Scientists had to incorporate into their research that a break in a child’s daily routine, with or without nature, relieves stress and can improve cognitive functions. Evaluating different perspectives and scenarios, such as children who are afraid of the unknowns in nature, was important and highly prevalent in the scientific research of this topic. “Removing oneself from habitual patterns of normal experience may have psychophysiological effect that is unrelated to the natural elements of the newer, less familiar context…” (Bratman; Nature experience, cognitive function, and mental health.) Scientists sought to answer the questions that ...
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...and discovery in the natural world…naturalized playgrounds offer the hope that children will develop the environmental values to become the future stewards of the Earth who will preserve the diversity and wonder of Nature” (White; Young Children 's Relationship with Nature: Its Importance to Children 's Development & the Earth 's Future).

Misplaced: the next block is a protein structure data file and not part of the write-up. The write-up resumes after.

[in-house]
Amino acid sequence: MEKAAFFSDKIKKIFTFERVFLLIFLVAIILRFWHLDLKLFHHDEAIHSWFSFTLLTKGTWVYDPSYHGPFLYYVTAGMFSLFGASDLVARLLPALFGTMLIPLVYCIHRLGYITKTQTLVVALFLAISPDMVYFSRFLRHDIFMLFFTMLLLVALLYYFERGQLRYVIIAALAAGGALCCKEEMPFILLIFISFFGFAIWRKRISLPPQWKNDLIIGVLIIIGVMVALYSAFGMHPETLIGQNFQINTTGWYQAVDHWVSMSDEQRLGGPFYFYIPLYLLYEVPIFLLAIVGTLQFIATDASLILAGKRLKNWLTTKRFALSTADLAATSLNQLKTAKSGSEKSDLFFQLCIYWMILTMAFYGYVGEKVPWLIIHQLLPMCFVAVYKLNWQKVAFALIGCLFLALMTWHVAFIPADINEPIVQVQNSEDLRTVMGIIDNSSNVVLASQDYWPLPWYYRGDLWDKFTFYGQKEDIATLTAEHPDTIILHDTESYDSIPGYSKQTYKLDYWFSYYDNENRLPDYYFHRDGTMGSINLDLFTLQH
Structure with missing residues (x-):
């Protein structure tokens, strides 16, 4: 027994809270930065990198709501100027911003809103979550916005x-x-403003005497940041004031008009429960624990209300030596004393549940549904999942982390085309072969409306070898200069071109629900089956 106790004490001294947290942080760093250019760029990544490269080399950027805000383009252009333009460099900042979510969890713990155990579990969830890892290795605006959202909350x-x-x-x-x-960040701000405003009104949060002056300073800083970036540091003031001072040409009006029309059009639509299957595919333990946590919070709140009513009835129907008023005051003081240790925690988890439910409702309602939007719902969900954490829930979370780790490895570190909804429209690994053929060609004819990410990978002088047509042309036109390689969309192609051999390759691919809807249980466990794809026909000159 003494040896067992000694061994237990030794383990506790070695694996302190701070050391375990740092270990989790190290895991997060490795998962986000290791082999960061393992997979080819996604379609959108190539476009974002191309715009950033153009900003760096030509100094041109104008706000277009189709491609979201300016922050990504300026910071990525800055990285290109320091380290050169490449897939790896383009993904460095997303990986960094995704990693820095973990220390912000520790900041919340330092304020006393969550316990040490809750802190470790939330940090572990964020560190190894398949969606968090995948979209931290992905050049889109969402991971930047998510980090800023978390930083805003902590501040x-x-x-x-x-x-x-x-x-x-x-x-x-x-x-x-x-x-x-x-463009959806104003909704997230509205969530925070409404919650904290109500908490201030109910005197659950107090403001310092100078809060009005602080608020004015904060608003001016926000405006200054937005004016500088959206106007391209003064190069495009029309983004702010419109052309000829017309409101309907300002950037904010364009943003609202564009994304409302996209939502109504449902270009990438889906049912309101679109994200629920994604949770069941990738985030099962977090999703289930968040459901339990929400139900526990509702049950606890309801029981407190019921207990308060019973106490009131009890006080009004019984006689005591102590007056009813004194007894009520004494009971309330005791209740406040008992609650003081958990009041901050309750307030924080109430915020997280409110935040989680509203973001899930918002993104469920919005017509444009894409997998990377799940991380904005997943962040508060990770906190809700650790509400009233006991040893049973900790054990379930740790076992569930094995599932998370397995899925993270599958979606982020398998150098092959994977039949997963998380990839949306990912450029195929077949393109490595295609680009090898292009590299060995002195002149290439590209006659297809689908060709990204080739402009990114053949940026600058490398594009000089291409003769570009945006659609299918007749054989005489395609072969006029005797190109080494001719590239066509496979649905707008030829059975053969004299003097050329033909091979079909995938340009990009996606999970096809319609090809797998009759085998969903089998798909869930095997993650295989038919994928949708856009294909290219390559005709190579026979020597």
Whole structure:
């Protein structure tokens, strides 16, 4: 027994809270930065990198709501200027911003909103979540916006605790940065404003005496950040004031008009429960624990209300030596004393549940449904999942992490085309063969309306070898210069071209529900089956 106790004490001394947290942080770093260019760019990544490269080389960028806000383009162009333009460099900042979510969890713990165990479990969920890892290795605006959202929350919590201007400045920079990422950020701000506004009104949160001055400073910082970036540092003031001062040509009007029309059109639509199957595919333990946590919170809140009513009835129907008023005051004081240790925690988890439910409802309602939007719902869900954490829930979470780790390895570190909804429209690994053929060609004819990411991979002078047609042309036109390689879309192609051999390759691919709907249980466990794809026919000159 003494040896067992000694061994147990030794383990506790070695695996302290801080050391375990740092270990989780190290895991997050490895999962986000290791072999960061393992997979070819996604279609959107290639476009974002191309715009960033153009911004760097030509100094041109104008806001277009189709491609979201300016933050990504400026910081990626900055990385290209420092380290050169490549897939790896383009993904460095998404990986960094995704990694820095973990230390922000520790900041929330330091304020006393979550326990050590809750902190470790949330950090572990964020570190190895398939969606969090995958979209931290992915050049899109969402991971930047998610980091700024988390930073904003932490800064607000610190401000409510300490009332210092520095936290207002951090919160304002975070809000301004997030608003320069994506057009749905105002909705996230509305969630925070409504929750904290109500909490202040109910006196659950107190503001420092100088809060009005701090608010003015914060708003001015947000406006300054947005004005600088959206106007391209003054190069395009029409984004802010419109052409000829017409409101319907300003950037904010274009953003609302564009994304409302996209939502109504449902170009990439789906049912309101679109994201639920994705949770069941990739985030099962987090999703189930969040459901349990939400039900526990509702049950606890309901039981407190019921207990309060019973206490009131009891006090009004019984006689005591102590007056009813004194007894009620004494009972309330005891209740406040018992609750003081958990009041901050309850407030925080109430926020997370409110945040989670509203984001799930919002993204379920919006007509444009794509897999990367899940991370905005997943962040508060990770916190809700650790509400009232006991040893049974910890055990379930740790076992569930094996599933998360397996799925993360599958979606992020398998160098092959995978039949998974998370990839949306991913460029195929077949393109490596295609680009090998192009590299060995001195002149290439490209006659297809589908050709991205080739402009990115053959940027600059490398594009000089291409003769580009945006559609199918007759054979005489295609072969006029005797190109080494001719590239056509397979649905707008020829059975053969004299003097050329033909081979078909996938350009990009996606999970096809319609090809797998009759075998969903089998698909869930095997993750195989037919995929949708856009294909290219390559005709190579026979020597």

Multiple reliable research groups have concluded through their research that nature does have an effect on human psychological development. Behavior, emotional states, stress levels and attention spans are all affected by “green time” and “nature experiences.” All research groups agree that the main age group suffering from nature deficiency is young children still within the psychological development stages. Children benefit immensely psychologically from recess and other outdoor activities.. The change begins with a step outside.
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